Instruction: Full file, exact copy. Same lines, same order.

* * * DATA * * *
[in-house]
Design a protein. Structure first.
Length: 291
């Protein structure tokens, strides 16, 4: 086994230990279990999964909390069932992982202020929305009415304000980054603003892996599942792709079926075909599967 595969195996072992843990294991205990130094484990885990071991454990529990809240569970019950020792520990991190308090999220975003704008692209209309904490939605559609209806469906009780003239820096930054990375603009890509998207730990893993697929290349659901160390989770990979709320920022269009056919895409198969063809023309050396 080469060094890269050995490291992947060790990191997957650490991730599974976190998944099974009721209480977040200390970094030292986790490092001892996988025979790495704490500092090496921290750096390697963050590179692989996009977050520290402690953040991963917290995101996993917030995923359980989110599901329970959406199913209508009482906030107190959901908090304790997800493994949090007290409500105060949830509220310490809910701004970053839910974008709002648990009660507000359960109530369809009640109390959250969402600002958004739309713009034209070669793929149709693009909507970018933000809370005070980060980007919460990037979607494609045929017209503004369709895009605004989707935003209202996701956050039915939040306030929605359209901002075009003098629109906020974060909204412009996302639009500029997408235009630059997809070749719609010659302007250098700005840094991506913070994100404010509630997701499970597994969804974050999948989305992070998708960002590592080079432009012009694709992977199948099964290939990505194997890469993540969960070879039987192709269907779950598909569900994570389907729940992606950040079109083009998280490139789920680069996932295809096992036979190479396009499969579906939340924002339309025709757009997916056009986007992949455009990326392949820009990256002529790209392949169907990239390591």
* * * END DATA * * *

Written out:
[in-house]
Design a protein. Structure first.
Length: 291
């Protein structure tokens, strides 16, 4: 086994230990279990999964909390069932992982202020929305009415304000980054603003892996599942792709079926075909599967 595969195996072992843990294991205990130094484990885990071991454990529990809240569970019950020792520990991190308090999220975003704008692209209309904490939605559609209806469906009780003239820096930054990375603009890509998207730990893993697929290349659901160390989770990979709320920022269009056919895409198969063809023309050396 080469060094890269050995490291992947060790990191997957650490991730599974976190998944099974009721209480977040200390970094030292986790490092001892996988025979790495704490500092090496921290750096390697963050590179692989996009977050520290402690953040991963917290995101996993917030995923359980989110599901329970959406199913209508009482906030107190959901908090304790997800493994949090007290409500105060949830509220310490809910701004970053839910974008709002648990009660507000359960109530369809009640109390959250969402600002958004739309713009034209070669793929149709693009909507970018933000809370005070980060980007919460990037979607494609045929017209503004369709895009605004989707935003209202996701956050039915939040306030929605359209901002075009003098629109906020974060909204412009996302639009500029997408235009630059997809070749719609010659302007250098700005840094991506913070994100404010509630997701499970597994969804974050999948989305992070998708960002590592080079432009012009694709992977199948099964290939990505194997890469993540969960070879039987192709269907779950598909569900994570389907729940992606950040079109083009998280490139789920680069996932295809096992036979190479396009499969579906939340924002339309025709757009997916056009986007992949455009990326392949820009990256002529790209392949169907990239390591």